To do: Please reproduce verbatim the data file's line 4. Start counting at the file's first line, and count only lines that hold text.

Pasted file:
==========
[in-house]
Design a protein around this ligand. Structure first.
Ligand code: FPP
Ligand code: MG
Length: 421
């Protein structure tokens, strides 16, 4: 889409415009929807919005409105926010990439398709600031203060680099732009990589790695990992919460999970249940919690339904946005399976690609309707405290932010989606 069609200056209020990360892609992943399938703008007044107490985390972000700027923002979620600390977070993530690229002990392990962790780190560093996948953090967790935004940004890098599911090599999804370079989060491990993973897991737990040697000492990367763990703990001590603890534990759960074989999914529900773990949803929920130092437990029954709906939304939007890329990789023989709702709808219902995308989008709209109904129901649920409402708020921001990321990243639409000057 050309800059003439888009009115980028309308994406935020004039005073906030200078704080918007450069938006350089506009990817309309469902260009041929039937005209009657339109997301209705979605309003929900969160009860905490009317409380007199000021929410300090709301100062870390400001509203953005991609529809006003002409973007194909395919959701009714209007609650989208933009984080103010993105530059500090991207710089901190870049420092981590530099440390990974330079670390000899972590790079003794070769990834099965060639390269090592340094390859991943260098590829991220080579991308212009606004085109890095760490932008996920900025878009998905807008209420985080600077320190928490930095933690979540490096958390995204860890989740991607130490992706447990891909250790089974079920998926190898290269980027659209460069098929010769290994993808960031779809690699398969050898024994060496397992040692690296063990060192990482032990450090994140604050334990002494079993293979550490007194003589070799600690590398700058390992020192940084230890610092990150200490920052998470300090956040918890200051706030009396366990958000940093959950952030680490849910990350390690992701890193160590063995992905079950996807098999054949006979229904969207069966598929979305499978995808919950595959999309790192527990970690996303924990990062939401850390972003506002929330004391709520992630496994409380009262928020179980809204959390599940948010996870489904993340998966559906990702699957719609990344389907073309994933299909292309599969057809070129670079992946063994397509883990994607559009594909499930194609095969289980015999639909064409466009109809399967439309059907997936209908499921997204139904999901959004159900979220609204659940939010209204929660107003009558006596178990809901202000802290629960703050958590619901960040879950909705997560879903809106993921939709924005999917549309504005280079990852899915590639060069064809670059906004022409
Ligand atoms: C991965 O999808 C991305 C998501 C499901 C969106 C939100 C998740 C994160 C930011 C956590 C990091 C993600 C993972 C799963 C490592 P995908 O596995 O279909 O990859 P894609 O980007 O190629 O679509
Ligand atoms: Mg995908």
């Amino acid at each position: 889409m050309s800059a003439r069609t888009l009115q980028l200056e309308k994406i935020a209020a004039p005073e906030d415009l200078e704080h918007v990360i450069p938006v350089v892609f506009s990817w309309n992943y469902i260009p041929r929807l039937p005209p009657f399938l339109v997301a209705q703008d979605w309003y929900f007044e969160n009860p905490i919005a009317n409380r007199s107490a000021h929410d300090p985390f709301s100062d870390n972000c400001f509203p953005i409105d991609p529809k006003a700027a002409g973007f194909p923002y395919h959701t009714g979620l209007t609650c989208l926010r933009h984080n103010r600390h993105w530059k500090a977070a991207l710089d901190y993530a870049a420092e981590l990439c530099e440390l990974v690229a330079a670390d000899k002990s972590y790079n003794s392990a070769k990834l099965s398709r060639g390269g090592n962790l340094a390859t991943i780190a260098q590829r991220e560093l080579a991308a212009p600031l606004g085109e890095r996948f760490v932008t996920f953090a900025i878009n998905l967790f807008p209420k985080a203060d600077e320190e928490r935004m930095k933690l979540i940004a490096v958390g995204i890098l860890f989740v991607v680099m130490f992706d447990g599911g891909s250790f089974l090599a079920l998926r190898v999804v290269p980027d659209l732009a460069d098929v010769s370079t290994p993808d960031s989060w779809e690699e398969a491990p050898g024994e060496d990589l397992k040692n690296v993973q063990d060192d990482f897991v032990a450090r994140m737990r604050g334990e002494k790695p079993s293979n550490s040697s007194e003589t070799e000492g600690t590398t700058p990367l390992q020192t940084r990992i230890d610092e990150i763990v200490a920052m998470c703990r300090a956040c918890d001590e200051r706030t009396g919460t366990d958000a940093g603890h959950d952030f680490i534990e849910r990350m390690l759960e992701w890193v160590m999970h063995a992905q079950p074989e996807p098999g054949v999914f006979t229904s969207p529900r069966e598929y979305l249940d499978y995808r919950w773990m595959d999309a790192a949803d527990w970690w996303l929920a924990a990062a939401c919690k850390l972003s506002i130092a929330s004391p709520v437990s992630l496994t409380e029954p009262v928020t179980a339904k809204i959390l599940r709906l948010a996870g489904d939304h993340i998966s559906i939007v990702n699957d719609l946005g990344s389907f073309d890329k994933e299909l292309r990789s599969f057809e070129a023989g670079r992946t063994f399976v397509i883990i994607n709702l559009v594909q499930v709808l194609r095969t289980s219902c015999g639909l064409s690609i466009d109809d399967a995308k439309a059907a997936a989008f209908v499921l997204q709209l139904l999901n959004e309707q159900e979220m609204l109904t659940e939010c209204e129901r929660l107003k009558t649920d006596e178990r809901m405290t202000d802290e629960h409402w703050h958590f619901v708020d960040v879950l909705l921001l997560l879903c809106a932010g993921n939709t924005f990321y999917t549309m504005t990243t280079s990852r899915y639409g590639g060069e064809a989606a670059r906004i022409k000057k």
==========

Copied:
Ligand code: MG